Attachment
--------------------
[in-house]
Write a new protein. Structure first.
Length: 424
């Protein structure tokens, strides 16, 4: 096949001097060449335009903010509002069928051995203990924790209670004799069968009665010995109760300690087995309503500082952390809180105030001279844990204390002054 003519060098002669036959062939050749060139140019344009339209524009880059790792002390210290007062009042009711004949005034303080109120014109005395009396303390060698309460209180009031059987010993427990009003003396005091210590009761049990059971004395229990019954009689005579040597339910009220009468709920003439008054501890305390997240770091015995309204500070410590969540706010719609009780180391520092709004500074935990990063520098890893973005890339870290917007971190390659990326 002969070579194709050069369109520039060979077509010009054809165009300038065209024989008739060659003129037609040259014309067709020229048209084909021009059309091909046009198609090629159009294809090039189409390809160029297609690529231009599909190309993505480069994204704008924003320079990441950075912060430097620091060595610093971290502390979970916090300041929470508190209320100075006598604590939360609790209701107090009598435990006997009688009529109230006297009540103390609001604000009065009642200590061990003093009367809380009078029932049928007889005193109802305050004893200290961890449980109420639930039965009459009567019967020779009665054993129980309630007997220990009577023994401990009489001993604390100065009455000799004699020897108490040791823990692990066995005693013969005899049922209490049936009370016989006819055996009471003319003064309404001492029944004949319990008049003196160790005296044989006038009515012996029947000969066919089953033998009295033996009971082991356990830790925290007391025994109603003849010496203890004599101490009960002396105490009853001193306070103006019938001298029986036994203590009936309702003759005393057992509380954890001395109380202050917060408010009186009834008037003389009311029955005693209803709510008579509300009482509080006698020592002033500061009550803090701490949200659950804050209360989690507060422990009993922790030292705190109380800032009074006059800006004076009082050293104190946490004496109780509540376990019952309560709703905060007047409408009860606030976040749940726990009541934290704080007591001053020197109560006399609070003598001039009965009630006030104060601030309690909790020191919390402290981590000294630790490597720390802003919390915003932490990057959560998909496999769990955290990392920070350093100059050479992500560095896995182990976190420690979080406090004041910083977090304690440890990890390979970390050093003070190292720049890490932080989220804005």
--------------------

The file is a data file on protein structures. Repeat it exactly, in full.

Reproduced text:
[in-house]
Write a new protein. Structure first.
Length: 424
């Protein structure tokens, strides 16, 4: 096949001097060449335009903010509002069928051995203990924790209670004799069968009665010995109760300690087995309503500082952390809180105030001279844990204390002054 003519060098002669036959062939050749060139140019344009339209524009880059790792002390210290007062009042009711004949005034303080109120014109005395009396303390060698309460209180009031059987010993427990009003003396005091210590009761049990059971004395229990019954009689005579040597339910009220009468709920003439008054501890305390997240770091015995309204500070410590969540706010719609009780180391520092709004500074935990990063520098890893973005890339870290917007971190390659990326 002969070579194709050069369109520039060979077509010009054809165009300038065209024989008739060659003129037609040259014309067709020229048209084909021009059309091909046009198609090629159009294809090039189409390809160029297609690529231009599909190309993505480069994204704008924003320079990441950075912060430097620091060595610093971290502390979970916090300041929470508190209320100075006598604590939360609790209701107090009598435990006997009688009529109230006297009540103390609001604000009065009642200590061990003093009367809380009078029932049928007889005193109802305050004893200290961890449980109420639930039965009459009567019967020779009665054993129980309630007997220990009577023994401990009489001993604390100065009455000799004699020897108490040791823990692990066995005693013969005899049922209490049936009370016989006819055996009471003319003064309404001492029944004949319990008049003196160790005296044989006038009515012996029947000969066919089953033998009295033996009971082991356990830790925290007391025994109603003849010496203890004599101490009960002396105490009853001193306070103006019938001298029986036994203590009936309702003759005393057992509380954890001395109380202050917060408010009186009834008037003389009311029955005693209803709510008579509300009482509080006698020592002033500061009550803090701490949200659950804050209360989690507060422990009993922790030292705190109380800032009074006059800006004076009082050293104190946490004496109780509540376990019952309560709703905060007047409408009860606030976040749940726990009541934290704080007591001053020197109560006399609070003598001039009965009630006030104060601030309690909790020191919390402290981590000294630790490597720390802003919390915003932490990057959560998909496999769990955290990392920070350093100059050479992500560095896995182990976190420690979080406090004041910083977090304690440890990890390979970390050093003070190292720049890490932080989220804005």